To establish procedures for mix design, inspection and acceptance of materials used in Micro-Surfacing. Aggregate for use in surface treatments shall be inspected in accordance with EPG 1001 General Requirements for Material. Asphalt Binder for use in surface treatments shall be inspected in accordance with EPG 1015 Bituminous Material.
413.3.2 Mix Design Procedure
In order for a micro-surfacing mix formula to be approved, the contractor’s proposed job mix formula (JMF) shall be submitted as required in Standard Specification Sec 413.10.3. Trial mix samples will not be required unless requested by the Field Office. If requested, the samples are to be obtained and submitted to the Central Laboratory in accordance with EPG 1001 General Requirements for Material. When possible, the JMF and correspondence should be transmitted electronically. The Materials Field Office e-mail address is MFO.
When the district receives a proposed trial mix formula, as required by the Standard Specifications, the mixture properties, components and proportions should be checked to ensure compliance with Specifications and that they are approved for the intended use. It may be necessary for the district to advise the contractor to make changes in the proposed mixture in order to comply with Department policies. A QC plan in accordance with EPG 1001 General Requirements for Material covering each aggregate fraction should be on file in the district office or received with the JMF. The target gradations shown on the QC plan and JMF must match. When the district is satisfied that the proposed mixture is acceptable, a copy of the JMF and the contractor's letter shall be submitted to the Materials Field Office, accompanied by a letter of transmittal with comments, any corrections made and recommendations. The transmittal letter shall contain the following information:
- Project information – Job Number, Route, County, Contract Number.
- Mixture Type
- Grade and Source of Asphalt Binder
- Letting Date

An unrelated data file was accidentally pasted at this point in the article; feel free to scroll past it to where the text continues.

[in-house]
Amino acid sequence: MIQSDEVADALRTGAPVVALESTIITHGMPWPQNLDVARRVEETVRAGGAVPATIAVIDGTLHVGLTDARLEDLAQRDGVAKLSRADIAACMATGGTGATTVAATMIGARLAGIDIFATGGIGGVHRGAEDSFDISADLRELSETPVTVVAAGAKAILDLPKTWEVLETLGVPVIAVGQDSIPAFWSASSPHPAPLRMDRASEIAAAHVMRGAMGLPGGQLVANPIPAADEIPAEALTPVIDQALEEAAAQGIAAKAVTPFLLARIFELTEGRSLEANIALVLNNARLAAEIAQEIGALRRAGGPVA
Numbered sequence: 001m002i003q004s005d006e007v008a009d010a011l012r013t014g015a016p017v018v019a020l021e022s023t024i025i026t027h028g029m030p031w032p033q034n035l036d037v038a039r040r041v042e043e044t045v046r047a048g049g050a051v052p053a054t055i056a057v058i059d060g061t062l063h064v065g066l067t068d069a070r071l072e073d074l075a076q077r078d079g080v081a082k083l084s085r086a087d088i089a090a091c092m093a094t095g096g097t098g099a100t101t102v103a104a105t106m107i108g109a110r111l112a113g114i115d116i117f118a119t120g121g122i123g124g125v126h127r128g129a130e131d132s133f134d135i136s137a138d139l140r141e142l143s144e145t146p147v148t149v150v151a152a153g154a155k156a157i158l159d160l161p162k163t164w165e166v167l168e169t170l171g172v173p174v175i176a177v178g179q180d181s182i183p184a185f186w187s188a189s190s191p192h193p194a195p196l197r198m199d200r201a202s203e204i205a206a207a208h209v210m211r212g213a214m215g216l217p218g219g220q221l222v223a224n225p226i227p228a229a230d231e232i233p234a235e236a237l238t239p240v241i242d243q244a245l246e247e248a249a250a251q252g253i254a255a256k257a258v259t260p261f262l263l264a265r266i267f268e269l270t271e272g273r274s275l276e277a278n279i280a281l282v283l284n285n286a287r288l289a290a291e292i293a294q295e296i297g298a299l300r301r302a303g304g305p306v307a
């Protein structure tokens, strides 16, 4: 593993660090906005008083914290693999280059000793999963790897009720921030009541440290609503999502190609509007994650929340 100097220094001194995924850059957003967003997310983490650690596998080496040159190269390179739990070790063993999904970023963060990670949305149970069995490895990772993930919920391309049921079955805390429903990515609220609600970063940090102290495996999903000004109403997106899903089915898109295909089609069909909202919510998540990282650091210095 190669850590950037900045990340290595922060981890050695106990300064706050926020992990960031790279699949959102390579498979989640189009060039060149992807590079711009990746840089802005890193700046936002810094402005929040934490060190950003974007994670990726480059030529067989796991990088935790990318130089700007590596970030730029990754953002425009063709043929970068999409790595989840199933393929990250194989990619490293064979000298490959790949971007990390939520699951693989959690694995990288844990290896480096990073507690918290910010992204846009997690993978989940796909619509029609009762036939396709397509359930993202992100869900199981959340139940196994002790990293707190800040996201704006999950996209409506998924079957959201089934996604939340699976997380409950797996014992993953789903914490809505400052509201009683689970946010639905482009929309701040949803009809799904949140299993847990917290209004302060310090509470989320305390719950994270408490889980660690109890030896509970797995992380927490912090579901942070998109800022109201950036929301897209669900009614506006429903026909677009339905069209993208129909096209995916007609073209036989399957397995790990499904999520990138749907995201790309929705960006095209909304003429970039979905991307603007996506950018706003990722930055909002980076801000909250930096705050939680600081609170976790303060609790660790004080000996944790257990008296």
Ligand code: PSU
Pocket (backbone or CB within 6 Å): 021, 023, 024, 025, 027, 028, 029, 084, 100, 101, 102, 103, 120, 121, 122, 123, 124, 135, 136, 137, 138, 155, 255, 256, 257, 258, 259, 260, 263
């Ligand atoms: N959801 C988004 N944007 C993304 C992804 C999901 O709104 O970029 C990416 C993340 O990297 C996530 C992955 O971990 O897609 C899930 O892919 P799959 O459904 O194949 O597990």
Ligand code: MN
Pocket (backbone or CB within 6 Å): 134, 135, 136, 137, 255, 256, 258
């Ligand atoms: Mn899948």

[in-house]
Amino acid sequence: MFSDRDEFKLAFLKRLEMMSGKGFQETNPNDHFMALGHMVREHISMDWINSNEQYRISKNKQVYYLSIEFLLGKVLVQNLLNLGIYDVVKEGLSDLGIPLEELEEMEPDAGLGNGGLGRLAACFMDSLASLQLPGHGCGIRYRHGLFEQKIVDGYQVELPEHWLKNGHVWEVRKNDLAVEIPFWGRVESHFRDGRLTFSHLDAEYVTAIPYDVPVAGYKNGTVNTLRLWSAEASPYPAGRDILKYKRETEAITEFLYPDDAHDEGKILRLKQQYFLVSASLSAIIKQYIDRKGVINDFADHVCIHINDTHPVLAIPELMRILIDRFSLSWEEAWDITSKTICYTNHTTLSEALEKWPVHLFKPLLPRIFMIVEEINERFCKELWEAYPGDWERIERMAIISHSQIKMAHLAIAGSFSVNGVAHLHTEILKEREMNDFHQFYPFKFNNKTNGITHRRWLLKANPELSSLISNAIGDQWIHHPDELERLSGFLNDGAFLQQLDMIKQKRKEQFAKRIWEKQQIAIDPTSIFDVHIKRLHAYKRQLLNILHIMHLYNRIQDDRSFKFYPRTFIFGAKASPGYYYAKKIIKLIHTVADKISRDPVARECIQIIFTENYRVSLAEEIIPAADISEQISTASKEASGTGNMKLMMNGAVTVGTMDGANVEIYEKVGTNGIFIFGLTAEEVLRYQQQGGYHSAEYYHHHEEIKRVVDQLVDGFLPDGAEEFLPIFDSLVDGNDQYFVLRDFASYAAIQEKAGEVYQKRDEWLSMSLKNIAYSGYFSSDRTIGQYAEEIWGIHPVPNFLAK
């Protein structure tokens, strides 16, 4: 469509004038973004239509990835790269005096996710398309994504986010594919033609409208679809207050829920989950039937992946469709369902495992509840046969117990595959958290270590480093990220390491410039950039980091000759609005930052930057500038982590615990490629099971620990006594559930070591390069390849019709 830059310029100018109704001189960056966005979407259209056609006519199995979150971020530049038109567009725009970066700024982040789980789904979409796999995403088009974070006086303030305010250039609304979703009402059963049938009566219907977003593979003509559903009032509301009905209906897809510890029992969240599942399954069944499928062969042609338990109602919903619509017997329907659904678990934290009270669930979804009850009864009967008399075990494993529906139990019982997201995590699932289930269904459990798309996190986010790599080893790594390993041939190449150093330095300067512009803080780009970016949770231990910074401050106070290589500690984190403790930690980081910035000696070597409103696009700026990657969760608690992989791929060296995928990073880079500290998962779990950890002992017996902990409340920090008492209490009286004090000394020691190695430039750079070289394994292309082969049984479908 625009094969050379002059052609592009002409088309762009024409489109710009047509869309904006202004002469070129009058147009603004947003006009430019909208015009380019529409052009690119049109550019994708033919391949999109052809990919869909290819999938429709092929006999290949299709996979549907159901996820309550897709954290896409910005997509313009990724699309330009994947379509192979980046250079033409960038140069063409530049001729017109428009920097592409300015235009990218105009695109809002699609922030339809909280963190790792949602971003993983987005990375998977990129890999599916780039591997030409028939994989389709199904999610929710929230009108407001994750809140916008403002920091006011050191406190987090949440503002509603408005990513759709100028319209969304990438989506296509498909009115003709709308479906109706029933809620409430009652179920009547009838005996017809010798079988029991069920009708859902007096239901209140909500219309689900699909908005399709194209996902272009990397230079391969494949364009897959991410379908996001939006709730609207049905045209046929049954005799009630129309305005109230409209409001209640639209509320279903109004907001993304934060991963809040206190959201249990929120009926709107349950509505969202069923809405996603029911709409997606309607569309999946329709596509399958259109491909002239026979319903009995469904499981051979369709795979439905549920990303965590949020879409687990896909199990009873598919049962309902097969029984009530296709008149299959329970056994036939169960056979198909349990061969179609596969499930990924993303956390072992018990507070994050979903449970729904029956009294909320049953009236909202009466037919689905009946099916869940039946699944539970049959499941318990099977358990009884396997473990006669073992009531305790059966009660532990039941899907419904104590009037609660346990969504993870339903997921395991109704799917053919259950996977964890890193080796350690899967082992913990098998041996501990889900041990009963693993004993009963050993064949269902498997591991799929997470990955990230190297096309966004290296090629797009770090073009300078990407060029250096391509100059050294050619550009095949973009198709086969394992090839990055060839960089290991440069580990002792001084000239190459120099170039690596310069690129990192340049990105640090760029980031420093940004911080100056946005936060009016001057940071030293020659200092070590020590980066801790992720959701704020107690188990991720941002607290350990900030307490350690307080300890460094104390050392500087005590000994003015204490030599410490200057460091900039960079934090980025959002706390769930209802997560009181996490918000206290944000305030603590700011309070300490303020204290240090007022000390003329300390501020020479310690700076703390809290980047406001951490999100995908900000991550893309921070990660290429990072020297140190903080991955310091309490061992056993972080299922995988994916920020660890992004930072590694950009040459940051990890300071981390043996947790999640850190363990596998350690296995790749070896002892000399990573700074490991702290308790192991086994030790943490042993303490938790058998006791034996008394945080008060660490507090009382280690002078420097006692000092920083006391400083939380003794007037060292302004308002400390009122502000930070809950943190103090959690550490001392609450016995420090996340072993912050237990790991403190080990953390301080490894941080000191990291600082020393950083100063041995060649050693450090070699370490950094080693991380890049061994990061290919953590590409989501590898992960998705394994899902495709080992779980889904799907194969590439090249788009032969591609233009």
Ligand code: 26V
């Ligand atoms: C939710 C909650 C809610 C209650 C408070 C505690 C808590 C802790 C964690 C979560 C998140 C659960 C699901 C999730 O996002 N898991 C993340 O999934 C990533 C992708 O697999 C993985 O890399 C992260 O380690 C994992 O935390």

- Proposed Work – Job Location and Length
- Annual Average Daily Traffic (AADT)
- Mix Use – Mainline, Shoulders, Outer Roads, etc.
- Quantity of Mix
Field Office Procedure
The Materials Field Office is charged with the responsibility of processing the mix formula. General procedures for processing a micro-surfacing mix formula are as follows:
- a. A letter from a District requesting a mix with a copy of the contractor's JMF and letter is received.
- b. Contract specifications for the project are checked for necessary items.
- c. Grade of asphalt as well as the refinery to be used and the percent asphalt recommended are reviewed.
- d. Gradations of the aggregates are checked for specification compliance.
- e. All calculations on the proposed JMF are checked.
- f. For verification, a trial may be prepared and submitted to the Laboratory.
A letter of transmittal will accompany the approved mixture to the District Construction and Materials Engineer with distribution as follows:
|Title||Copy of Transmittal Letter and Approved Mix|
|District Construction and Materials Engineer||1|
|Project Operations Clerk||1|
|Field Office File||1|
The letter of transmittal and the approved mixture will be sent by electronic mail to the individuals listed above.
A copy of the approved formula accompanied by a letter of transmittal from the District Construction and Materials Engineer is to be forwarded to the contractor.